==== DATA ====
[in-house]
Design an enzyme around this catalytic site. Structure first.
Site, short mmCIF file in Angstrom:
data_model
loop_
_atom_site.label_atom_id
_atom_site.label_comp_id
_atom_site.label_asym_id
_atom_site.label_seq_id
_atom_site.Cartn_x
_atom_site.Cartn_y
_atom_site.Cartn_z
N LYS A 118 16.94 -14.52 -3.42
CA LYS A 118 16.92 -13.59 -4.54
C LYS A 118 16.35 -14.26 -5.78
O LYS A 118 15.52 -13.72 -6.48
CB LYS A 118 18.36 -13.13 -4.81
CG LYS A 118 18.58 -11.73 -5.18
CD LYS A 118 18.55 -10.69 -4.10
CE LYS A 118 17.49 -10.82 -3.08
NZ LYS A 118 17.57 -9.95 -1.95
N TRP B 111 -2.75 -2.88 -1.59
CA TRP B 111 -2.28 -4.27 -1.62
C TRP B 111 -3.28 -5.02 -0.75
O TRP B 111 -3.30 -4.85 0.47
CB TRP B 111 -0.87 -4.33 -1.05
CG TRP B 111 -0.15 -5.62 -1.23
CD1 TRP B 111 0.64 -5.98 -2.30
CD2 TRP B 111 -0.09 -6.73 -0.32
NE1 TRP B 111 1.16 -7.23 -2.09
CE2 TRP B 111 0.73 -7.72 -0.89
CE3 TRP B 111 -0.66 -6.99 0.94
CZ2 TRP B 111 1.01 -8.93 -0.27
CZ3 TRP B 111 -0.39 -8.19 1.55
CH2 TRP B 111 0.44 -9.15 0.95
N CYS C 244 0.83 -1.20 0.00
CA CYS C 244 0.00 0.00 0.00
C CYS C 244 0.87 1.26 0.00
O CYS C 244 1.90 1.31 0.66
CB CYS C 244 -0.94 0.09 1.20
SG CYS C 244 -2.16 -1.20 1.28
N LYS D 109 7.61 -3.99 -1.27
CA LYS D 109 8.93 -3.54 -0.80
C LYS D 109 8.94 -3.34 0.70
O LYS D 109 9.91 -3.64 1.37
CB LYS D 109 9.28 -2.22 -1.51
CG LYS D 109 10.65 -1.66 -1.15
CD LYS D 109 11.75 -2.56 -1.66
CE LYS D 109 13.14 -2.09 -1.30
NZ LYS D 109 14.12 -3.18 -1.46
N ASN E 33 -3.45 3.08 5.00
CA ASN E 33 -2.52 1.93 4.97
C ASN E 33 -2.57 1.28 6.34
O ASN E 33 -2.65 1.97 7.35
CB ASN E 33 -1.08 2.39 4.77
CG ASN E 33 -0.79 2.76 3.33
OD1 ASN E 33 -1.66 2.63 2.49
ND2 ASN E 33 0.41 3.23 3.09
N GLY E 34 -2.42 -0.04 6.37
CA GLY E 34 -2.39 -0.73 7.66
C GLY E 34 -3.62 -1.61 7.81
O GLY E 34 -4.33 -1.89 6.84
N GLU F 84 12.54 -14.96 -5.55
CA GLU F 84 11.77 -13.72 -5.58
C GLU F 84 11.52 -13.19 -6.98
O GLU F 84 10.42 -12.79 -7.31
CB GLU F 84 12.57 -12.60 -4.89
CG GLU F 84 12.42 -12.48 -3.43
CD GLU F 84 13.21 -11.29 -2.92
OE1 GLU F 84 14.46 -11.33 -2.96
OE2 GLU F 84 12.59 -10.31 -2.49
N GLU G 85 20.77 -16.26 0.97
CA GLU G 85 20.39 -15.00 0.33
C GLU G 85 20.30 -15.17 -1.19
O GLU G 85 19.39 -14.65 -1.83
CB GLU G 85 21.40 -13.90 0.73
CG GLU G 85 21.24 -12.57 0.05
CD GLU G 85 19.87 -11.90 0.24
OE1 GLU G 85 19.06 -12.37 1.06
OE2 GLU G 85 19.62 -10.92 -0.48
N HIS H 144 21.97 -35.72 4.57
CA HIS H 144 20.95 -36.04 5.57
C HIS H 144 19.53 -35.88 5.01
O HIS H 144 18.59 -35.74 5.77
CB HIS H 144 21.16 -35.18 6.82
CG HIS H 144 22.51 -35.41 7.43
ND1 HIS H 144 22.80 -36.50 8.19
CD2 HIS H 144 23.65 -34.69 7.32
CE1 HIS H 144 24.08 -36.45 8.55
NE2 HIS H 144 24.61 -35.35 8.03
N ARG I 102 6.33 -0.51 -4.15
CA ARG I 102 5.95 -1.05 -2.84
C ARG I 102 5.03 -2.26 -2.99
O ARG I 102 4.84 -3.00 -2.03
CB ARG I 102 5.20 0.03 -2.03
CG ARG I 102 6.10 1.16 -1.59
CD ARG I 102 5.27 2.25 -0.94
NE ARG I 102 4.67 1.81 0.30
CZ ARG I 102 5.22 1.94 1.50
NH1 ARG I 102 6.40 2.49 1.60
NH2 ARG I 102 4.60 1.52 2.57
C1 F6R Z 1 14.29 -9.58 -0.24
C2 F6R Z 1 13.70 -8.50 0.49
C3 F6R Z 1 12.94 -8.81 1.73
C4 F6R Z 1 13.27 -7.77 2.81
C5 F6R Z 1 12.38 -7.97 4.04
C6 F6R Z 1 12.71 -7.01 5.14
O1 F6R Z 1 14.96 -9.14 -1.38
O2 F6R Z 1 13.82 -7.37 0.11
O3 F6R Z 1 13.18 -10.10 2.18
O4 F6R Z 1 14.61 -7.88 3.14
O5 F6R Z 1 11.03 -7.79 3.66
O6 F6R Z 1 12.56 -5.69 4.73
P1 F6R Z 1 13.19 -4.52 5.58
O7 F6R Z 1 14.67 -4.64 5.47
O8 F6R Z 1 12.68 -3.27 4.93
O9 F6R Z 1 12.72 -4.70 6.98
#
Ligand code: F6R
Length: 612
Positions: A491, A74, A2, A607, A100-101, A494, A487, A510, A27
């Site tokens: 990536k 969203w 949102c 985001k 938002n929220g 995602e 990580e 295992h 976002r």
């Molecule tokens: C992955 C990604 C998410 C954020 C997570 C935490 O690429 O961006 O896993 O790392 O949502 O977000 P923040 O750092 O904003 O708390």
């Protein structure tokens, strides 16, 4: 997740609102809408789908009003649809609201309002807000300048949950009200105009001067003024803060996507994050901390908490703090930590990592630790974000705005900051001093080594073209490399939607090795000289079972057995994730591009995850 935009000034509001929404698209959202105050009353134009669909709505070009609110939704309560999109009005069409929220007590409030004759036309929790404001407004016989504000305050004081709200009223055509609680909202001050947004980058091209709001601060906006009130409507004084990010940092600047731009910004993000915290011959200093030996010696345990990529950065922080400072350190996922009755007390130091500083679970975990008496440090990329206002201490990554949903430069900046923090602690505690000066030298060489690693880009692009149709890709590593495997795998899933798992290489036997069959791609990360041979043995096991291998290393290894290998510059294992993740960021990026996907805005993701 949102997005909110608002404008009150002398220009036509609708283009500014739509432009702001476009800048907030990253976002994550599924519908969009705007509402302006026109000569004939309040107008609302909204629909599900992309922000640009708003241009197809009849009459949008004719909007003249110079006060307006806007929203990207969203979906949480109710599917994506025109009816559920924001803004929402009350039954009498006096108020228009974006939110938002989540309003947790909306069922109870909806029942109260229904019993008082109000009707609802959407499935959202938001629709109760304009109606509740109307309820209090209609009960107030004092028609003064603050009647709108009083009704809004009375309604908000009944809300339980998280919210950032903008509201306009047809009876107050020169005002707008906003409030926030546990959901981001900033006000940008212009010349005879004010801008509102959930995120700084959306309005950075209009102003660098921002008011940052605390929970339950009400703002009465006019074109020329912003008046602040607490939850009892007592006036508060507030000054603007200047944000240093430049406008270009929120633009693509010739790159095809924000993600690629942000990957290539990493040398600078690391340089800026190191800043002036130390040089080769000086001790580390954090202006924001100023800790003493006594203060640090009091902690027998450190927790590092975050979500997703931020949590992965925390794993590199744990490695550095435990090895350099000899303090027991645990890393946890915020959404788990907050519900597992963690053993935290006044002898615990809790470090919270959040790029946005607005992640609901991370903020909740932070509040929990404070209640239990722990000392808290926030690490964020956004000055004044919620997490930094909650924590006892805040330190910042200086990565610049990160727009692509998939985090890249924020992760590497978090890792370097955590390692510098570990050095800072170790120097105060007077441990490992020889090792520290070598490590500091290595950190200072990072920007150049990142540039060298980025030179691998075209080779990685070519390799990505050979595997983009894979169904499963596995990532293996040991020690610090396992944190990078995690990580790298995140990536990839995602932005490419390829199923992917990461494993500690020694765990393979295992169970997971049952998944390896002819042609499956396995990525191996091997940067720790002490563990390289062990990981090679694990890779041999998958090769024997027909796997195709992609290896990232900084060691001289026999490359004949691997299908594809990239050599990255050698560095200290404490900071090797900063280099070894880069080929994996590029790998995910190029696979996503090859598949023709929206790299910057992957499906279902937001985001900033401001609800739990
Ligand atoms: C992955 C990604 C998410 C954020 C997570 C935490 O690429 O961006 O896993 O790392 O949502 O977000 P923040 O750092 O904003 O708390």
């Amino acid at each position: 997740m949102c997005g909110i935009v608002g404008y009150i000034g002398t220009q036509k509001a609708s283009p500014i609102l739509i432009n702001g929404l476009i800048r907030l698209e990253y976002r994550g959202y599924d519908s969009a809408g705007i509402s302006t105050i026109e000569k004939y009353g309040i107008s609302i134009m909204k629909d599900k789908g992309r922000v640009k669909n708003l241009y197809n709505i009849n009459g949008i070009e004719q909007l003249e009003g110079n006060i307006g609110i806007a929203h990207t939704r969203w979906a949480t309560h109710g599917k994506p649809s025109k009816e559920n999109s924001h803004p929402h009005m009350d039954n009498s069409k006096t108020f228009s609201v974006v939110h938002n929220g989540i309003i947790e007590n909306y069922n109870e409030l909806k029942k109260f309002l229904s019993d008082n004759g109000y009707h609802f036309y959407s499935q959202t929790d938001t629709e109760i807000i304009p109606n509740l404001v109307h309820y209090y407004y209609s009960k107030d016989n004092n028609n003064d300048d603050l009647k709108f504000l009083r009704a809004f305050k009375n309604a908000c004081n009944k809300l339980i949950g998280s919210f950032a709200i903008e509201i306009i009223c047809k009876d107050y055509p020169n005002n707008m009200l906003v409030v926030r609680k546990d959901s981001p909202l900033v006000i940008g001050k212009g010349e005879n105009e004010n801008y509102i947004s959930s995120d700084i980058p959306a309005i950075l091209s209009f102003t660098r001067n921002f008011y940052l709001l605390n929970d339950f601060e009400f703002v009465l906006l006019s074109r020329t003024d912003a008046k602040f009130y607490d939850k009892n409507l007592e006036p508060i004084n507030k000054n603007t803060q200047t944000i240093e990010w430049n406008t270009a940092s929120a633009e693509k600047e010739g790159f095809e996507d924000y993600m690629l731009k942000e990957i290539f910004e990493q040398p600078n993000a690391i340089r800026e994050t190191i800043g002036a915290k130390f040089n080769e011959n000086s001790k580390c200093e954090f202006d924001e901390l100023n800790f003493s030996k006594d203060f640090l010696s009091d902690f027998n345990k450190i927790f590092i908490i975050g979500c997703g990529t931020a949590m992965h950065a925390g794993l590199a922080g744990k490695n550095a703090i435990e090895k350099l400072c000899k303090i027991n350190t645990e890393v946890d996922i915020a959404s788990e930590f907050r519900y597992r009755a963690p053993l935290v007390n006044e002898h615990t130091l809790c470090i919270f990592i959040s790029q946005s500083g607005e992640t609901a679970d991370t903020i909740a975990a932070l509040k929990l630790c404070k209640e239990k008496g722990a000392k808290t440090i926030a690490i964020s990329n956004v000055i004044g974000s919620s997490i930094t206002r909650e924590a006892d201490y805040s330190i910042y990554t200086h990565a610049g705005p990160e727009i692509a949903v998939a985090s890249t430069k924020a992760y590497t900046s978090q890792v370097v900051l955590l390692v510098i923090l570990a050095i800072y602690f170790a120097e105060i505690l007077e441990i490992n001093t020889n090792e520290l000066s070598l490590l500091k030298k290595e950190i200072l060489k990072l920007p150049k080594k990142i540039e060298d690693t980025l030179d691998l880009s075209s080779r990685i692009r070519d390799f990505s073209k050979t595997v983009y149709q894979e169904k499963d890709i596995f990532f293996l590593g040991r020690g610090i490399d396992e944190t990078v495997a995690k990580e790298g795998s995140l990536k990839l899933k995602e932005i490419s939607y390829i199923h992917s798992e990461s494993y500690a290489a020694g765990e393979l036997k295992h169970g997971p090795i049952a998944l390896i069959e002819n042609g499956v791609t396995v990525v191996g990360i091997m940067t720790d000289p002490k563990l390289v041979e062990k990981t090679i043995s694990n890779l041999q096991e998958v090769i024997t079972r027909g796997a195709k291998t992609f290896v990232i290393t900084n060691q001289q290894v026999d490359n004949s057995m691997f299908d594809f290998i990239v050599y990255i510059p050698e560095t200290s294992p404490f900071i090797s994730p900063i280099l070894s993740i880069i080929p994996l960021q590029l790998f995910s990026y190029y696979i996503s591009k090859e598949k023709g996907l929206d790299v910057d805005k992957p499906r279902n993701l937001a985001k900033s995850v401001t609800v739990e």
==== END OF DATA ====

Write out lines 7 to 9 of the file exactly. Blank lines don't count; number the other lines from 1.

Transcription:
_atom_site.label_comp_id
_atom_site.label_asym_id
_atom_site.label_seq_id